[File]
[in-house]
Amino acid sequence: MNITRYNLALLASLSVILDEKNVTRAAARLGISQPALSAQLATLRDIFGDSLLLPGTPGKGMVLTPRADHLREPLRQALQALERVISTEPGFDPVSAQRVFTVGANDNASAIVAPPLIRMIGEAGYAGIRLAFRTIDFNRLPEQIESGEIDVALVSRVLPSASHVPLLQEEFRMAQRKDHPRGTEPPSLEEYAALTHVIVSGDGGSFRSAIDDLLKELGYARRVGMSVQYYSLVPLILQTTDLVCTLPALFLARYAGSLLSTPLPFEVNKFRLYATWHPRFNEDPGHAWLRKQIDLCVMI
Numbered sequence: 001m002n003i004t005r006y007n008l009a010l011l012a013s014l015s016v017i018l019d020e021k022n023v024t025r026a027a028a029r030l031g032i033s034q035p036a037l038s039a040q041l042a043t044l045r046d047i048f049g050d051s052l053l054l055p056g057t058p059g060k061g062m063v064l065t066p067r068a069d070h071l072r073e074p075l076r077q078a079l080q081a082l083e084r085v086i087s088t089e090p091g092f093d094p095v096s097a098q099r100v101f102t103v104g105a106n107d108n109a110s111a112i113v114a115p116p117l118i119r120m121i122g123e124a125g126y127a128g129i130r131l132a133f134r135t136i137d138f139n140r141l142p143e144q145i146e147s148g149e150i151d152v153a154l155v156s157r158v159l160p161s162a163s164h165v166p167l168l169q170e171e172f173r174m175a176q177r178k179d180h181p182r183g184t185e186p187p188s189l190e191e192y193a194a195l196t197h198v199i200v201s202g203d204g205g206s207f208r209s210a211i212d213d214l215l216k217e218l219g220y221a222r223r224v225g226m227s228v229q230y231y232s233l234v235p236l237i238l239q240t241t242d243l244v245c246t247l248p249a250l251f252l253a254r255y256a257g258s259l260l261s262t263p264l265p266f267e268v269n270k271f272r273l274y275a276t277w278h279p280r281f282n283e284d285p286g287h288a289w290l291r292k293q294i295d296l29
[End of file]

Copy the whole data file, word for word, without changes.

[in-house]
Amino acid sequence: MNITRYNLALLASLSVILDEKNVTRAAARLGISQPALSAQLATLRDIFGDSLLLPGTPGKGMVLTPRADHLREPLRQALQALERVISTEPGFDPVSAQRVFTVGANDNASAIVAPPLIRMIGEAGYAGIRLAFRTIDFNRLPEQIESGEIDVALVSRVLPSASHVPLLQEEFRMAQRKDHPRGTEPPSLEEYAALTHVIVSGDGGSFRSAIDDLLKELGYARRVGMSVQYYSLVPLILQTTDLVCTLPALFLARYAGSLLSTPLPFEVNKFRLYATWHPRFNEDPGHAWLRKQIDLCVMI
Numbered sequence: 001m002n003i004t005r006y007n008l009a010l011l012a013s014l015s016v017i018l019d020e021k022n023v024t025r026a027a028a029r030l031g032i033s034q035p036a037l038s039a040q041l042a043t044l045r046d047i048f049g050d051s052l053l054l055p056g057t058p059g060k061g062m063v064l065t066p067r068a069d070h071l072r073e074p075l076r077q078a079l080q081a082l083e084r085v086i087s088t089e090p091g092f093d094p095v096s097a098q099r100v101f102t103v104g105a106n107d108n109a110s111a112i113v114a115p116p117l118i119r120m121i122g123e124a125g126y127a128g129i130r131l132a133f134r135t136i137d138f139n140r141l142p143e144q145i146e147s148g149e150i151d152v153a154l155v156s157r158v159l160p161s162a163s164h165v166p167l168l169q170e171e172f173r174m175a176q177r178k179d180h181p182r183g184t185e186p187p188s189l190e191e192y193a194a195l196t197h198v199i200v201s202g203d204g205g206s207f208r209s210a211i212d213d214l215l216k217e218l219g220y221a222r223r224v225g226m227s228v229q230y231y232s233l234v235p236l237i238l239q240t241t242d243l244v245c246t247l248p249a250l251f252l253a254r255y256a257g258s259l260l261s262t263p264l265p266f267e268v269n270k271f272r273l274y275a276t277w278h279p280r281f282n283e284d285p286g287h288a289w290l291r292k293q294i295d296l29